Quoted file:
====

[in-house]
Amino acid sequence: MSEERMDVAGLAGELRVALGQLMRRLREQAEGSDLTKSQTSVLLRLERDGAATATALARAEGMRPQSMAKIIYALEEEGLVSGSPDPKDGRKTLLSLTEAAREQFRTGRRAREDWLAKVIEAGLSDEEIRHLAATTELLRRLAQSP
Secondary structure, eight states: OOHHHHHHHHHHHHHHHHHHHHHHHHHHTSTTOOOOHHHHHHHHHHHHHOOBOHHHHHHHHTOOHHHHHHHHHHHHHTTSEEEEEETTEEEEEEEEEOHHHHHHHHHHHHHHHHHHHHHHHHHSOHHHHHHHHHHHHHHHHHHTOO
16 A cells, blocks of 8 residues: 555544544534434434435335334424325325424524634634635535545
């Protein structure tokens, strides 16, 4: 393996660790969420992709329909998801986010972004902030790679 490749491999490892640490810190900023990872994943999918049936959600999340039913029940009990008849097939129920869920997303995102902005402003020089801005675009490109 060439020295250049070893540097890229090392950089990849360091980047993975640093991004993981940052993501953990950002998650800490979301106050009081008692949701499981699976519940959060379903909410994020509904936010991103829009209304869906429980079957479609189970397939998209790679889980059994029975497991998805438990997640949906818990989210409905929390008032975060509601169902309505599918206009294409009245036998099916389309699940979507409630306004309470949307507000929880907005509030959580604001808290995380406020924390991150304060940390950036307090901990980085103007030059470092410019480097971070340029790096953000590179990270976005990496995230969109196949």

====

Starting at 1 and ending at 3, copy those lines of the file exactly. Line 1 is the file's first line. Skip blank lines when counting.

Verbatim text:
[in-house]
Amino acid sequence: MSEERMDVAGLAGELRVALGQLMRRLREQAEGSDLTKSQTSVLLRLERDGAATATALARAEGMRPQSMAKIIYALEEEGLVSGSPDPKDGRKTLLSLTEAAREQFRTGRRAREDWLAKVIEAGLSDEEIRHLAATTELLRRLAQSP
Secondary structure, eight states: OOHHHHHHHHHHHHHHHHHHHHHHHHHHTSTTOOOOHHHHHHHHHHHHHOOBOHHHHHHHHTOOHHHHHHHHHHHHHTTSEEEEEETTEEEEEEEEEOHHHHHHHHHHHHHHHHHHHHHHHHHSOHHHHHHHHHHHHHHHHHHTOO